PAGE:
King's College London

Research portal

Is anaemia associated with cognitive impairment and delirium among older acute surgical patients?

Research output: Contribution to journalArticle

Phyo Kyaw Myint, Stephanie Owen, Kathryn McCarthy, Lyndsay Pearce, Susan J. Moug, Michael J. Stechman, Jonathan Hewitt, Ben Carter

Original languageEnglish
JournalGeriatrics & gerontology international
Early online date1 Mar 2018
Accepted/In press24 Jan 2018
E-pub ahead of print1 Mar 2018


King's Authors


Aim: The determinants of cognitive impairment and delirium during acute illness are poorly understood despite being common among older people. Anaemia is common in older people, and there is on-going debate regarding the association between anaemia, cognitive impairment and delirium, primarily in non-surgical patients. Methods: Using data from the Older Persons Surgical Outcomes Collaboration (OPSOC)2013 and 2014 audit cycles, we examined the association between anaemia and cognitive outcomes in patients, ≥65 years, admitted to five UK acute surgical units. On admission, the Confusion Assessment Method (CAM) was performed to detect delirium. Cognition was assessed using the Montreal Cognitive Assessment (MoCA) and two levels of impairment were defined as MoCA<26 and <20. Logistic regression models were constructed to examine these associations in all, and individuals ≥75 years only. Results: A total of 653 patients, median age of 76.5 (Interquartile range 73.0-80.0) years, 53% women, were included. Statistically significant associations were found between anaemia and age; polypharmacy; hyperglycaemia; and hypoalbuminaemia. There was no association between anaemia and cognitive impairment or delirium. The adjusted odds ratio (aOR) of cognitive impairment were aOR 0.95(95% CI 0.56-1.61) and 1.00(0.61-1.64) for MoCA <26 and <20, respectively. The aOR of delirium was 1.00(0.48-2.10) in patients with anaemia compared to those without. Similar results were observed for ≥75 age group. Conclusion: There was no association between anaemia and cognitive outcomes among older people in this acute surgical setting. Considering the retrospective nature of the study and possible lack of power, findings should be taken with caution.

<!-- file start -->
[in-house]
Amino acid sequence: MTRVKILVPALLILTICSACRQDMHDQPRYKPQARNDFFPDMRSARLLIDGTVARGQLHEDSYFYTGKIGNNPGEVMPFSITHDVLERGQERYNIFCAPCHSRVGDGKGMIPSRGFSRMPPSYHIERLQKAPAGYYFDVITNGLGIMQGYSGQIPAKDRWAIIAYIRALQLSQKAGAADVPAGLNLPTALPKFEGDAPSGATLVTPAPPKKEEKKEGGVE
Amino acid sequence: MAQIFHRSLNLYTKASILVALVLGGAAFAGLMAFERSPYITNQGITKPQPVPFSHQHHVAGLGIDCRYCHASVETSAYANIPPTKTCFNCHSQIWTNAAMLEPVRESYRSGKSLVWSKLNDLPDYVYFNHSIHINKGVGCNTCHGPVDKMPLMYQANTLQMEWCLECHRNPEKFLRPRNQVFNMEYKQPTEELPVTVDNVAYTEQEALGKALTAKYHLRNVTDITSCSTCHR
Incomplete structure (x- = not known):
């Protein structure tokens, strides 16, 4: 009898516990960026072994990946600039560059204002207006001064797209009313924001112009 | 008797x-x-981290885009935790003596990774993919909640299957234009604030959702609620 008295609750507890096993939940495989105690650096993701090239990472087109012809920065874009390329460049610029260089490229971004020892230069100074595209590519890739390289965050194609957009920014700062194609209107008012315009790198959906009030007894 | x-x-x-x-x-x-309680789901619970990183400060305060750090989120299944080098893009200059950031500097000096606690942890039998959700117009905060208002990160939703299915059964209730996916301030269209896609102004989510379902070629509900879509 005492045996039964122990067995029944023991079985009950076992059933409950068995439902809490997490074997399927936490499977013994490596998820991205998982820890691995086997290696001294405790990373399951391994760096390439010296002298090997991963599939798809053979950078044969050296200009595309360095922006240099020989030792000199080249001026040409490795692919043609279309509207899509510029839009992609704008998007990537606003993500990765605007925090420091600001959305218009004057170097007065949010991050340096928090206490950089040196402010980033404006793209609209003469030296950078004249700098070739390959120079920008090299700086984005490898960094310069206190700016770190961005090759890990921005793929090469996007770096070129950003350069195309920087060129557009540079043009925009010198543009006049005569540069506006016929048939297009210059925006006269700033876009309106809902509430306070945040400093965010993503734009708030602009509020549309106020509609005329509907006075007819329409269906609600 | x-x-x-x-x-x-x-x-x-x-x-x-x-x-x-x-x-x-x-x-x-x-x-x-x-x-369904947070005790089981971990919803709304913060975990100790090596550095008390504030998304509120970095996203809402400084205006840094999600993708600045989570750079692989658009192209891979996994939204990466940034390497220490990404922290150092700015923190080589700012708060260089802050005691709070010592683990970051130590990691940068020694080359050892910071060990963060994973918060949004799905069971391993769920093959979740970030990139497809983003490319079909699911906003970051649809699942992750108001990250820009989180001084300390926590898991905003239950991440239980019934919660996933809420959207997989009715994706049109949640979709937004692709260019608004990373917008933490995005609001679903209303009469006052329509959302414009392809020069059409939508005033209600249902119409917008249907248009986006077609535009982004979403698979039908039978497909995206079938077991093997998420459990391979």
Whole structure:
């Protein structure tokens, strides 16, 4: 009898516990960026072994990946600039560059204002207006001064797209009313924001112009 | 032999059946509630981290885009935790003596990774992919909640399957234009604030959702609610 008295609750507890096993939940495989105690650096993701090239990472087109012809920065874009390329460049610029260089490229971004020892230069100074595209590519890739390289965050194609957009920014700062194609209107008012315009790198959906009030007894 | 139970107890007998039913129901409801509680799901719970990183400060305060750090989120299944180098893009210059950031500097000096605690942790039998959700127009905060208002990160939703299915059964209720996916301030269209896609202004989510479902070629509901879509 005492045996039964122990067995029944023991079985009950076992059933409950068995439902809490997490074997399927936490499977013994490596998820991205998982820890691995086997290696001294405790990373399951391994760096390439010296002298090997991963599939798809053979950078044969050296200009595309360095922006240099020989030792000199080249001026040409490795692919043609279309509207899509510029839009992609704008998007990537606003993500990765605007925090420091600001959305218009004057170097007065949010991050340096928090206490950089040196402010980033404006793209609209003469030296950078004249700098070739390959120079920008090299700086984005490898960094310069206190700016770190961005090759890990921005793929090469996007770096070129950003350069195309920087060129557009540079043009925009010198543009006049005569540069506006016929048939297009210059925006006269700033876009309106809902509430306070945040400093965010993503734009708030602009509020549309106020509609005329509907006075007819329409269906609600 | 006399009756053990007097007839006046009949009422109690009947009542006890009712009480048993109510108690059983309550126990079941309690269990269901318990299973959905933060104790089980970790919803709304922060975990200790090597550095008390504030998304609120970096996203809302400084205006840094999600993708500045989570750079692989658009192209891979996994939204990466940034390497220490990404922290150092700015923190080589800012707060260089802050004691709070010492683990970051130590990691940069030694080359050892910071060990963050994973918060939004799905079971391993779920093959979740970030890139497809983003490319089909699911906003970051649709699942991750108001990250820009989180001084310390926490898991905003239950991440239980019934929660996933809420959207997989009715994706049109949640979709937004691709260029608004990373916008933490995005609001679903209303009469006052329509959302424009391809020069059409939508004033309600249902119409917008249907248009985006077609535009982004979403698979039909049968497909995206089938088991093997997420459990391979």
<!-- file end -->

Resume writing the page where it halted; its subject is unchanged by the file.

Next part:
Download statistics

No data available

View graph of relations

© 2020 King's College London | Strand | London WC2R 2LS | England | United Kingdom | Tel +44 (0)20 7836 5454